Last December, a Seattle woman was raped in White Center when she got into the car of a man she thought was an Uber driver.
Hers isn’t the only such story. In April, University of South Carolina student Samantha Josephson got into a car she thought was her Uber and was killed by its driver. In Las Vegas, a woman jumped out of a moving car to escape a threatening driver who also turned out to be phony. In Tuscaloosa, Alabama, a fake driver took photos of female passengers while they were unconscious.
But these kinds of incidents don’t only involve people pretending to be ride-hail drivers. More than 3,000 sexual assaults happened during actual Uber rides in the United States last year, according to a long-awaited safety study released Thursday by the company.
The report divides sexual assaults and misconduct into 21 categories but focuses on the five most serious, including rape, of which there were 235. The company also reported that there had been about 6,000 other incidents of misconduct over 2017 and 2018.
Meanwhile, public-safety experts and the companies themselves have issued a number of safety tips for passengers.
Here are some recommendations from Uber and from Safety.com, a site that highlights personal-safety research and home-security reviews.
1. Wait for your ride in a safe place.
Since apps will tell you exactly where your driver is, you only need to go out and meet them at the last possible minute. Request your ride while you’re still inside and remain in an area that is well lit, comfortable and in the presence of other people for as long as possible.
2. Ask the driver to identify you.
The driver should know the answer to “What’s my name?” or “Who are you here to pick up?” Never get into an Uber, Lyft or any other private car unless the driver can first identify you by name.
While a driver might also ask you to verify their name for their own peace of mind, you should still ask them to identify you. Asking a driver, “Are you ___?” isn’t enough because a faker will lie and say yes to any name you say.
If they’re your actual driver, they will also already know your destination.
3. Verify the car and driver.
Check that the make, model and license plate of the car match what’s listed in the app. Make sure the driver’s personal appearance matches their profile photo.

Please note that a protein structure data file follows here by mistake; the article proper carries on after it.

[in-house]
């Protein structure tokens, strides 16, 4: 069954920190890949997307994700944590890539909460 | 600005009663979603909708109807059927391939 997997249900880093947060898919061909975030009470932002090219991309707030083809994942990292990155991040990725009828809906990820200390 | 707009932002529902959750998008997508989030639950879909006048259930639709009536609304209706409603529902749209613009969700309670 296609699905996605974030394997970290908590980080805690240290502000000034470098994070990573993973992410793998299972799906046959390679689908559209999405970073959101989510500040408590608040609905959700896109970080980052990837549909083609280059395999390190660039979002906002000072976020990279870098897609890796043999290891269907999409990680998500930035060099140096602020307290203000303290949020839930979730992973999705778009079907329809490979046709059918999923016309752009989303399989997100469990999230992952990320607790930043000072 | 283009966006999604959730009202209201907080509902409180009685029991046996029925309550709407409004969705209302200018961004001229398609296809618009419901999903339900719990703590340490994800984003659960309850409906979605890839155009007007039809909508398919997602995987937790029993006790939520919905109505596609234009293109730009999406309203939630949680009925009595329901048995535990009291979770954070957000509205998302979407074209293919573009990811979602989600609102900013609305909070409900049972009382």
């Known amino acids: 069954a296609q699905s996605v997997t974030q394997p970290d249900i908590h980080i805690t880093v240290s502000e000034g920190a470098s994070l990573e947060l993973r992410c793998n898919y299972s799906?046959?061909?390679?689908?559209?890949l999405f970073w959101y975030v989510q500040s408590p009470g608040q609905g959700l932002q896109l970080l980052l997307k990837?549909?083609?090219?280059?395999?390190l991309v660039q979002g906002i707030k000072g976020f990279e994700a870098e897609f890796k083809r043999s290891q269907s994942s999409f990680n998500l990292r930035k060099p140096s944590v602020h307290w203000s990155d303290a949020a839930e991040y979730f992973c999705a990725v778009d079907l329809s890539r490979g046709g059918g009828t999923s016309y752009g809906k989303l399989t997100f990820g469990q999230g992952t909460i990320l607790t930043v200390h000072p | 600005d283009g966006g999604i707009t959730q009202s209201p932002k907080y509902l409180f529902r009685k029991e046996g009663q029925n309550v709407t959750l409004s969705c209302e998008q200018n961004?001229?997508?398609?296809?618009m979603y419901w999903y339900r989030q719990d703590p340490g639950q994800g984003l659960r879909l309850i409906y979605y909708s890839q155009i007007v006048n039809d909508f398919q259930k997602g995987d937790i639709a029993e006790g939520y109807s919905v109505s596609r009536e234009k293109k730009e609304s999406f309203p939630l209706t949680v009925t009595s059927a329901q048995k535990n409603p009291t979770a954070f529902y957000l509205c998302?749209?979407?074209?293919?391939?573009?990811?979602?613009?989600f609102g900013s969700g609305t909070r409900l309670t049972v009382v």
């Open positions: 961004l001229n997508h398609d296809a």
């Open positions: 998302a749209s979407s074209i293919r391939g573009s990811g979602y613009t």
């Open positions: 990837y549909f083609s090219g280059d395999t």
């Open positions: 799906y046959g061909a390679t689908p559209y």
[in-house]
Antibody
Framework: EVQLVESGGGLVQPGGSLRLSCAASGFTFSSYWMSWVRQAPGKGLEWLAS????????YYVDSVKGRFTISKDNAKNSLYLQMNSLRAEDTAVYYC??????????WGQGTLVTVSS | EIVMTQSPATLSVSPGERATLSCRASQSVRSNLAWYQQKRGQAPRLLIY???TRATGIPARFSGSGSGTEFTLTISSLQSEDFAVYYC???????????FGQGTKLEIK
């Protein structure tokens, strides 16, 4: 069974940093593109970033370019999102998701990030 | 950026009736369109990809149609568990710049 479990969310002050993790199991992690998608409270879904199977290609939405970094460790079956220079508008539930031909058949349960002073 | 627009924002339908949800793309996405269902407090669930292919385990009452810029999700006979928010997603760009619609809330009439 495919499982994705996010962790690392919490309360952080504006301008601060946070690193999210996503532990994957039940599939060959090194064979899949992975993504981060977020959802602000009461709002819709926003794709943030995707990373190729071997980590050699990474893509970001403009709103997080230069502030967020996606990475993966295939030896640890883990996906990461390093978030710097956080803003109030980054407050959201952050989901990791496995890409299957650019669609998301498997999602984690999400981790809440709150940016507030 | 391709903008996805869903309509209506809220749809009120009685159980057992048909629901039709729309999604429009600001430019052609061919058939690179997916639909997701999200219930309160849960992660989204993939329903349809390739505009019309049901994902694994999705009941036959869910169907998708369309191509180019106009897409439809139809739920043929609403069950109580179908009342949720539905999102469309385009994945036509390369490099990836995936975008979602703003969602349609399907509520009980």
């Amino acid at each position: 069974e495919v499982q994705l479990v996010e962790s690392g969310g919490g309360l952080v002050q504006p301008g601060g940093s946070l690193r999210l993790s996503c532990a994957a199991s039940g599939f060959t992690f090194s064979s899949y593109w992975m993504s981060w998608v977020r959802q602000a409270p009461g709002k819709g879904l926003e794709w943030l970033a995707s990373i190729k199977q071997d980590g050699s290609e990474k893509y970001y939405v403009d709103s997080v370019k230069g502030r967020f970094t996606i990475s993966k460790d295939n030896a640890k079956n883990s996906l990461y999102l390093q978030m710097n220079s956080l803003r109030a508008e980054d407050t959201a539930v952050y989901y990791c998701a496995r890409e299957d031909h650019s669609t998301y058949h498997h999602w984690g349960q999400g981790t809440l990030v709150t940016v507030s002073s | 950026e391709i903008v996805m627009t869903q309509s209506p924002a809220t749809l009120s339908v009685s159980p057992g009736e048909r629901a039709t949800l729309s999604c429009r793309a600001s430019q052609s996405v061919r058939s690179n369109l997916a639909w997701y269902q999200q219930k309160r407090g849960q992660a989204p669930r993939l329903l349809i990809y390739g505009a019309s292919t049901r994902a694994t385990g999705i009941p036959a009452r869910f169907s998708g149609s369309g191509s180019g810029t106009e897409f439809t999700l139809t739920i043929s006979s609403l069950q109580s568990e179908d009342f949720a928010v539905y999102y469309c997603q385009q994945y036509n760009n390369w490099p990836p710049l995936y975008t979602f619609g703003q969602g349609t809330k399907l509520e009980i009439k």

4. Don’t ride alone, if possible.
Ride with a friend when you can. There is strength in numbers. Plus, you can split the cost.
5. Use trip-sharing features.
The Lyft and Uber apps both have features that allow you to share live updates about your trip with trusted friends. In the Uber app, tap “Share trip status.” In the Lyft app, tap “Share route.” (Note, though, that this precaution isn’t enough on its own. Josephson’s boyfriend was tracking her phone during her fatal ride.)
6. Use personal-safety technology.
Uber and Lyft’s apps both include a button to call 911. If you’re using Uber’s 911 feature in Seattle or one of many other cities, the app can automatically share your trip details with the dispatcher. And Lyft says it plans to roll out a feature that checks in with you if your ride has been stopped for an “unusual amount of time.”
A variety of other apps and devices are also available to keep users safe. For example, the iWitness app includes a security camera, alarm and emergency 911 calling via a tap or shake; it costs $3 per month but offers a free trial first. A free app, Tego, tracks walks and rides with optional video recording. And a company called Nimb makes a smart ring that conceals a panic button.
7. Let the driver know that the trip is being tracked.
People are more likely to commit crimes when they think they’re not going to get caught, according to Safety.com, which recommends giving some indication that people are looking out for you. Make a phone call and tell someone you’re in an Uber. If they don’t answer, or you don’t want to call a friend so late, you can fake a phone call by leaving yourself a voice memo that sounds like one. Safety.com’s example: “Hey, Mom. Just calling to let you know that I’m in my Uber now. I’ll be there in about 15 minutes and you can also follow along on the app. See you soon!”
8. Sit in the back seat, on the passenger side.
The back seat is farther from the driver and offers two possible exits, Uber notes in its own rider safety tips. Sitting on the passenger side of the back seat also lets you keep an eye on the driver. A driver shouldn’t try to force you into a certain seat.
9. Indicate that safety is a priority for you.
Crashes are another common risk with ride-hailing. “Simply telling the driver that you actually care about safety can make a big difference in how safely he or she drives with you as a passenger,” Orlando-based personal injury attorney Tina Willis told Safety.com. Put your seat belt on before the car starts moving, and encourage your driver to follow the rules of the road, including staying off their phone.
10. Don’t share personal information.
If you need to communicate with the driver, do so via the app. Don’t give out your contact information, social media handles or last name. If you’re heading home, consider being dropped off at a safe location nearby so the driver doesn’t learn your home address.
11. Use the rating systems.
If anything went wrong with your ride, such as unsafe driving or a driver making you uncomfortable, rate the ride afterward in the app. The companies say they look into low-rated rides and drivers who break their rules, and if you give a driver a low rating, you won’t be matched with that person again.
12. Trust your gut.
If anything seems “off” about your driver, car, route or anything else, speak up. Prioritize your own well-being over your passenger rating or politeness. Don’t get in the car if your instincts are tingling. End the ride if you’re not comfortable, as long as you’re in a safe place to exit and find another ride.